% fortune -ae paul murphy

Drones, arrogance, and fate

One of the key problems management in the organization I've been looking at faces is that IT has retained much of the insular arrogance it inherited from its original role in Finance and is externally protected by the free movement of senior IT people between the buyer and seller communities - meaning that departmental managers seeking outside expertise get insiders because only those who have pledged unconditional allegiance to the people, technologies, and processes in place make it through the qualification screens.

One consequence of this is that the wintel youth cult is not in evidence - most of those with more than personal responsibilities along with the outsourcer's on site staff are in their forties or fifties, and even the on site juniors pretending to the help desk probably average out in the high thirties.

Another is that the people involved know that their jobs depend on community approval - meaning approval among their IT peers and seniors, not their users or departmental management. As a result the generic Wintel cultural tendency to see users as lusers gets exaggerated with many users complaining that IT people patronize them - and, in particular, that IT's tendency to do things either not at all or without explanation both expresses their contempt for users and is intended to keep those users dependent.

Sometimes the situation throws up results that almost make me feel sympathetic: for example a senior official's request for help using old Norse in his password apparently caused a major panic in IT before it was realized that a government-wide Peoplesoft standards committee could be invoked to deny the request. (In reality, they use something derived from Peoplesoft's 1998 core financials but have put so much money into customization that "recent" client-server environment updates like AL32UTF8 absolutely have to be kept outside the bubble.)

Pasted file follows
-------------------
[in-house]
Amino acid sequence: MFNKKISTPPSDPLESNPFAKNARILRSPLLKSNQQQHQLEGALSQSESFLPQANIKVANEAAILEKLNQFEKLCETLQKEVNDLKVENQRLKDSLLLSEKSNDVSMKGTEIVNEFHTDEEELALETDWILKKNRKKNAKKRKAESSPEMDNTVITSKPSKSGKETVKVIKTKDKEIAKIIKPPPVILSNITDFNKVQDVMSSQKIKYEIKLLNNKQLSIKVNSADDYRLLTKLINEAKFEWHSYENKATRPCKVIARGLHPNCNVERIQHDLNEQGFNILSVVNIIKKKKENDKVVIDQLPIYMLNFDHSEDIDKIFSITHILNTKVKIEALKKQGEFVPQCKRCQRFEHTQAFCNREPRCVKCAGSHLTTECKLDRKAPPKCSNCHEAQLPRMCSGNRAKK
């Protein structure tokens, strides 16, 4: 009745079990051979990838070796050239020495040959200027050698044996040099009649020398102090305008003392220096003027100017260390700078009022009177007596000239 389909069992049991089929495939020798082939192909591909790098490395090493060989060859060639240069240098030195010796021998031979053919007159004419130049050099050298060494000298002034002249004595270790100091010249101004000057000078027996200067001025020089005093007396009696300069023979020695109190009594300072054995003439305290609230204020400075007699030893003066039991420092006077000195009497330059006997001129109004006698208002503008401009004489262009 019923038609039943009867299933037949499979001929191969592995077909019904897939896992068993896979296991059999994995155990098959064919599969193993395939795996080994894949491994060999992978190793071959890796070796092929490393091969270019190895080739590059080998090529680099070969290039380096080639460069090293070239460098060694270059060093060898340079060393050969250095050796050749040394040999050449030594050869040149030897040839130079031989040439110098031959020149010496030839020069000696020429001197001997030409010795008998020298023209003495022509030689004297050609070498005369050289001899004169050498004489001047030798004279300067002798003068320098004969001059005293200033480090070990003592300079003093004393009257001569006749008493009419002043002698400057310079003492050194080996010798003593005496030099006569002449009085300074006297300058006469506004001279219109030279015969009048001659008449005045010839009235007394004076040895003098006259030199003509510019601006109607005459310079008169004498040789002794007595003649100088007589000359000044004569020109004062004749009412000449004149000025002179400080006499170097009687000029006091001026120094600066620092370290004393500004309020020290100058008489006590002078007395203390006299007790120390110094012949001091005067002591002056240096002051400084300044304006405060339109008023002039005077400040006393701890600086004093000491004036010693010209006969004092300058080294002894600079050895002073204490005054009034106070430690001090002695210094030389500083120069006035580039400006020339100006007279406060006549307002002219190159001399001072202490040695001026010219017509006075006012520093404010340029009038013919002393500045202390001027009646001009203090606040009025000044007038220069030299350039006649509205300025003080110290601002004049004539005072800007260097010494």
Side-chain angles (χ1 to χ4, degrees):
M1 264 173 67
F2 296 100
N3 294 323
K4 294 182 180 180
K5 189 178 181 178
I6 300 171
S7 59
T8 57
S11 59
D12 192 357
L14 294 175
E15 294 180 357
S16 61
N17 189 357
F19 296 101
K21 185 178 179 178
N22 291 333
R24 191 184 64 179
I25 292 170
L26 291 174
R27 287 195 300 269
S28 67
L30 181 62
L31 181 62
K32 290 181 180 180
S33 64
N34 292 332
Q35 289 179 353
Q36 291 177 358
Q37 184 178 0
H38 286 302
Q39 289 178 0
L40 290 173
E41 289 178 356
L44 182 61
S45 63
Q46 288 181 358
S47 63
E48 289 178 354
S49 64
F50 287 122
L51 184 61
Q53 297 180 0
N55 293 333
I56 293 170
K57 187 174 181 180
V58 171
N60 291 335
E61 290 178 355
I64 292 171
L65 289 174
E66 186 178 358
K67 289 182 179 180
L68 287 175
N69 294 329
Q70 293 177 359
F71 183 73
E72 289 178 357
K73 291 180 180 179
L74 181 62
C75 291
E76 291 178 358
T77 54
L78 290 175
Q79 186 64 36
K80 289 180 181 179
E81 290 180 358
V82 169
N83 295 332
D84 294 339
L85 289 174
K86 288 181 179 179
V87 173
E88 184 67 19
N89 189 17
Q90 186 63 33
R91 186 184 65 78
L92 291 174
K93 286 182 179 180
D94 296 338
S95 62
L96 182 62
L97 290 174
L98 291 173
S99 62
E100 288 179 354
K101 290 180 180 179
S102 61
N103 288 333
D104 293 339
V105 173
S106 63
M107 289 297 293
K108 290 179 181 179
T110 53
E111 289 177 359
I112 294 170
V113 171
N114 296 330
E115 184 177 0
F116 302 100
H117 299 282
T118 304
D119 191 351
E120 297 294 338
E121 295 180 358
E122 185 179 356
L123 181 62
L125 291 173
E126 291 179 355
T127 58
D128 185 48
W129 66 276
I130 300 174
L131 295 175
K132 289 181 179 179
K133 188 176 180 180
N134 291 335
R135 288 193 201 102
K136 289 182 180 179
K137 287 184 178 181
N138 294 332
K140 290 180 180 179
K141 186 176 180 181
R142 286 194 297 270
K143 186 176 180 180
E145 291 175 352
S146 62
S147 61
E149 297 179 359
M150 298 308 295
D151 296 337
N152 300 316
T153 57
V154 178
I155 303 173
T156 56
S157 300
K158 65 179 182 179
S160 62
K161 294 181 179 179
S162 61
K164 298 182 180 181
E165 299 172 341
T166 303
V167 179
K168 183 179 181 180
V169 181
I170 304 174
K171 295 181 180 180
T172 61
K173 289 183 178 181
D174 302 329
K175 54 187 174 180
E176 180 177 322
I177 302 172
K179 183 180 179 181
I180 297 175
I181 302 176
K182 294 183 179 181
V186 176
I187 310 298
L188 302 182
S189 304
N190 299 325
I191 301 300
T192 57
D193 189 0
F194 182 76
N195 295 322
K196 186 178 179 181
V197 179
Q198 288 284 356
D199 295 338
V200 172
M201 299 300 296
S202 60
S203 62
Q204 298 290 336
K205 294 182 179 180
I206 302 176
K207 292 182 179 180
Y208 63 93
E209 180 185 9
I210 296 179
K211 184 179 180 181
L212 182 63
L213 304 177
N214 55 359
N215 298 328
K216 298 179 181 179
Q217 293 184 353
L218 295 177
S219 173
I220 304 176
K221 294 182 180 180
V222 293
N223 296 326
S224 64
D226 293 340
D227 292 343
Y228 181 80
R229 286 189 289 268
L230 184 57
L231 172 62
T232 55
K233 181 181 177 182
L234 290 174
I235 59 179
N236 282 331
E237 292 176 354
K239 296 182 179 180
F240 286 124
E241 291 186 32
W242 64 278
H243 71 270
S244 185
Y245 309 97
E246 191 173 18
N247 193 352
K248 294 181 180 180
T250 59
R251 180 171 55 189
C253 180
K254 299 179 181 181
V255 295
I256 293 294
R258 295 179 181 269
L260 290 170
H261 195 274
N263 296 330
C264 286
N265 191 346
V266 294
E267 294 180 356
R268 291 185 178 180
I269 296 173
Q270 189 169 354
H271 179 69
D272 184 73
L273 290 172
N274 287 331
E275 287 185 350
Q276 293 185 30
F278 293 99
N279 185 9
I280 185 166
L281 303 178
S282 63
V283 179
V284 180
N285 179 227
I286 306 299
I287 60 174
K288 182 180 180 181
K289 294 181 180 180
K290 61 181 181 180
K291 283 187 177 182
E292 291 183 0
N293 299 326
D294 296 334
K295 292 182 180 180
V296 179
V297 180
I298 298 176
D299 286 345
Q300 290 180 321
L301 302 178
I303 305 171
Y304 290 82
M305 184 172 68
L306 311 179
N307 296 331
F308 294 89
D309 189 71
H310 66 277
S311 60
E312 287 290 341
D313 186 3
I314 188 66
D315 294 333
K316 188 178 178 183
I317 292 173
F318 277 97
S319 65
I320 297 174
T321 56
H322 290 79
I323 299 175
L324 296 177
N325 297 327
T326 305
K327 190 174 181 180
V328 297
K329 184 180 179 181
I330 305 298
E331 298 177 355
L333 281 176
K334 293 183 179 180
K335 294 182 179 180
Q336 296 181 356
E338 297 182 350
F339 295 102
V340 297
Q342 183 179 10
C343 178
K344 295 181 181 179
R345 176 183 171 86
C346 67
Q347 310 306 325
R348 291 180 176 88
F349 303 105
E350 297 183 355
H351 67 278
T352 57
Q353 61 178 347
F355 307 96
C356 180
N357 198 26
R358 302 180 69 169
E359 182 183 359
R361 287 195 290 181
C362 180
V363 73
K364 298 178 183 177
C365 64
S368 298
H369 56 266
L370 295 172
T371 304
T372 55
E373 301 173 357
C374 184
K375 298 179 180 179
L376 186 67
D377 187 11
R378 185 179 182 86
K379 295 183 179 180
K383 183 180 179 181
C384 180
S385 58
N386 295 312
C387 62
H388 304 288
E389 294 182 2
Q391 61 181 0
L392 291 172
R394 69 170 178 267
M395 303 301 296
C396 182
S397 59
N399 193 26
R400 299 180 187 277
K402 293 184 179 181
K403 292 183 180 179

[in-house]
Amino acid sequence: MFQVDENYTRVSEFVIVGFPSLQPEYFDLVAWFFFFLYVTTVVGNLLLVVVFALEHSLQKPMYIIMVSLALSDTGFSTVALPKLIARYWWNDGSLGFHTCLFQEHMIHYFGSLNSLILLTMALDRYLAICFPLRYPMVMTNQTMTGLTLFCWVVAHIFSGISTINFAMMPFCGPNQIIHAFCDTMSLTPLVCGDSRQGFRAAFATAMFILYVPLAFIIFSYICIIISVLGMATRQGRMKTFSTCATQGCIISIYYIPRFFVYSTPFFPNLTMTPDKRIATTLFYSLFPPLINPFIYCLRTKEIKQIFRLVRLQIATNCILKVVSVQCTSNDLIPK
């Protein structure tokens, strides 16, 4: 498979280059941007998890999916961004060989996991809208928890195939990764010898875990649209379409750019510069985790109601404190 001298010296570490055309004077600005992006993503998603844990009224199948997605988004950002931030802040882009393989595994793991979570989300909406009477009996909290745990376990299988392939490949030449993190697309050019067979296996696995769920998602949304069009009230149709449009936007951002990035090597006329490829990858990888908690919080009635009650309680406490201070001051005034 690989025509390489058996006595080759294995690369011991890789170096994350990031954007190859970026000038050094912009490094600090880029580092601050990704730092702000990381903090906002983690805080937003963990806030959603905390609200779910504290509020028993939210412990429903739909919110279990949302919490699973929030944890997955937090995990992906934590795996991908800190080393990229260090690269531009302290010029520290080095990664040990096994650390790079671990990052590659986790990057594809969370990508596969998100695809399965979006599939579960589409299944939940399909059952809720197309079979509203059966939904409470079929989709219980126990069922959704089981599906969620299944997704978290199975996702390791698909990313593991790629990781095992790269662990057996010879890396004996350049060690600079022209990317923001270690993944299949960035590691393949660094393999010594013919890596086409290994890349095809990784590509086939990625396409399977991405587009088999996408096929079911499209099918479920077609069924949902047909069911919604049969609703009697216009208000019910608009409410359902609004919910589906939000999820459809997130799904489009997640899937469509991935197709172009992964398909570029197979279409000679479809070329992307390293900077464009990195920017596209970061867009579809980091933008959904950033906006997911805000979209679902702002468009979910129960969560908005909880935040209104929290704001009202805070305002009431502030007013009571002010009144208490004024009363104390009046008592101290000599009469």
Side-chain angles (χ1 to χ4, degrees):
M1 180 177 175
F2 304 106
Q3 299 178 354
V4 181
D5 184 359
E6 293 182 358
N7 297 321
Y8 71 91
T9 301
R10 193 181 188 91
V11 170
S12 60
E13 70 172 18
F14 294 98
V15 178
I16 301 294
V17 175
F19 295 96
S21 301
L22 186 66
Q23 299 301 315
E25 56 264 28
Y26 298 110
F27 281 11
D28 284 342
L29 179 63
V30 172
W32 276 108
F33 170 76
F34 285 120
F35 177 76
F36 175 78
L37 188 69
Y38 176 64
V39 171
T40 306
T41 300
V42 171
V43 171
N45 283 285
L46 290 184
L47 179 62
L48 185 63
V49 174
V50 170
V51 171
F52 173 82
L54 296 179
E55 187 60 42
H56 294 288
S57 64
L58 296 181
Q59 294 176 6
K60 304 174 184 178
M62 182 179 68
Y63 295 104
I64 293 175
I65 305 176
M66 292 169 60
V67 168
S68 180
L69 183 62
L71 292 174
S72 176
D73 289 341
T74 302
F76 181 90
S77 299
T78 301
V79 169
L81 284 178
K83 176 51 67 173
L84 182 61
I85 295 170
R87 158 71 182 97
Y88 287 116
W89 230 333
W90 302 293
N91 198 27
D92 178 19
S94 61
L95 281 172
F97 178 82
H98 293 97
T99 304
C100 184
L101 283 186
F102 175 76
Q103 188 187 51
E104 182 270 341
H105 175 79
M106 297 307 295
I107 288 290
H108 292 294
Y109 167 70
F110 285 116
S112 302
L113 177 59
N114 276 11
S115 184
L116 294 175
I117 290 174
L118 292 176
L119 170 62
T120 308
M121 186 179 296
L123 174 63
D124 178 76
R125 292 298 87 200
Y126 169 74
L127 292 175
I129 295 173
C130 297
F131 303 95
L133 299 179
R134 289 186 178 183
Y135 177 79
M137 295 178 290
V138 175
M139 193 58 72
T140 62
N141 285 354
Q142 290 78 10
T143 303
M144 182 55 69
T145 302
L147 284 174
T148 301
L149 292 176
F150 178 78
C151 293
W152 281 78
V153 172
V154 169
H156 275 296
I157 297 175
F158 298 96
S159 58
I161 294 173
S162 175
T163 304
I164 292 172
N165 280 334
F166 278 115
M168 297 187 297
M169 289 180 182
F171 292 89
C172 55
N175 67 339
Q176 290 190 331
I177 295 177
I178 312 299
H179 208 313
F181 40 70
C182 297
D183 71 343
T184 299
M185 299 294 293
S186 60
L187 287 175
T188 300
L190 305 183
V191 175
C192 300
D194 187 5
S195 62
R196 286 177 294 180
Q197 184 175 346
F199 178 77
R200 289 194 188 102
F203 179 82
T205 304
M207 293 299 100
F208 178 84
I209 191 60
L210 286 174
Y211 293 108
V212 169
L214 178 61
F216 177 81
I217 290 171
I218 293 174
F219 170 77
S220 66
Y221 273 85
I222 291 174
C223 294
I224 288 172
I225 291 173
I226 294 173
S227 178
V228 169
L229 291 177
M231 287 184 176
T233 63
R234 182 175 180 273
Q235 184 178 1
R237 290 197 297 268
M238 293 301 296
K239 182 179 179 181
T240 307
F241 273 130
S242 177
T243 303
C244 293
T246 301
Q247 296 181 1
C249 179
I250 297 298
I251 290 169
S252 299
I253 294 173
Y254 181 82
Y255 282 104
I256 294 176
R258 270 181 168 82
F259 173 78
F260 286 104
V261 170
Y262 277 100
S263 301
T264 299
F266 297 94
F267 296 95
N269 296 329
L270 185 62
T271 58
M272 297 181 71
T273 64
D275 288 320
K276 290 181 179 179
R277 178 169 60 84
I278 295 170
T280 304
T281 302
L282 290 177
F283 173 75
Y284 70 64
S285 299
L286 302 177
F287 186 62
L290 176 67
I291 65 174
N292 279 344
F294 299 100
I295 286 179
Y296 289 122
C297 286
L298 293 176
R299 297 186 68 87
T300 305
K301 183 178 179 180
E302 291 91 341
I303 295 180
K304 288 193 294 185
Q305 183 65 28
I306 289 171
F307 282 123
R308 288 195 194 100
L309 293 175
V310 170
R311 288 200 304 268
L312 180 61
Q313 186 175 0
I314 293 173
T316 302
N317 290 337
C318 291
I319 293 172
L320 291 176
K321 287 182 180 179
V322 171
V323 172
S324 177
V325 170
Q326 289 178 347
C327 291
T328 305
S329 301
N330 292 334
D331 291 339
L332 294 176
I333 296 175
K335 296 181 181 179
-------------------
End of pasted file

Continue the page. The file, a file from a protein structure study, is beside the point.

Less amusingly, ordinary users asking ordinary kinds of things face significant organizational and personal barriers to resolution. Thus a user asking for an aphabetization change on a report was directed to an authorization and approval process worthy of a decision to invade Saskatchewan; while another, who asked for connection help with the client on a Windows 7 laptop with a misconfigured firewall, was treated to visible disbelief and public contempt before repetition coupled with repeated appeals to higher authority led IT to re-install the core Windows OS and authorized applications.

Now, it's pretty obvious what this organization has to do - but because I don't believe it will happen any time soon, and certainly not with the current players in place, my view is that the top people should just out-source the whole mess and then start rebuilding internal IT on a more user oriented basis as opportunities to do that come up.

But the experience raises, I think a more general question: since people who really are competent and enthused about their jobs tend not to be arrogant about it, and yet Wintel help desk people generally look down on "lusers", it follows that there's something about the job that either selects for pretenders or imposes a significant moral hazard on otherwise decent people.

I don't know what that is, and certainly the DP influence on Wintel management has a significant role here; but in watching some of these guys do help demonstrations by clicking through screens like a ten year old setting up to play Raymond's Raving Rabbits - thus leaving users no opportunity to orient themselves to any of it - I begin to wonder: is it possible that Wintel technology itself has evolved to be far too much like a poorly thought through video game and not enough like a knowledge based enterprise?

Paul Murphy wrote and published The Unix Guide to Defenestration. Murphy is a 25-year veteran of the I.T. consulting industry, specializing in Unix and Unix-related management issues.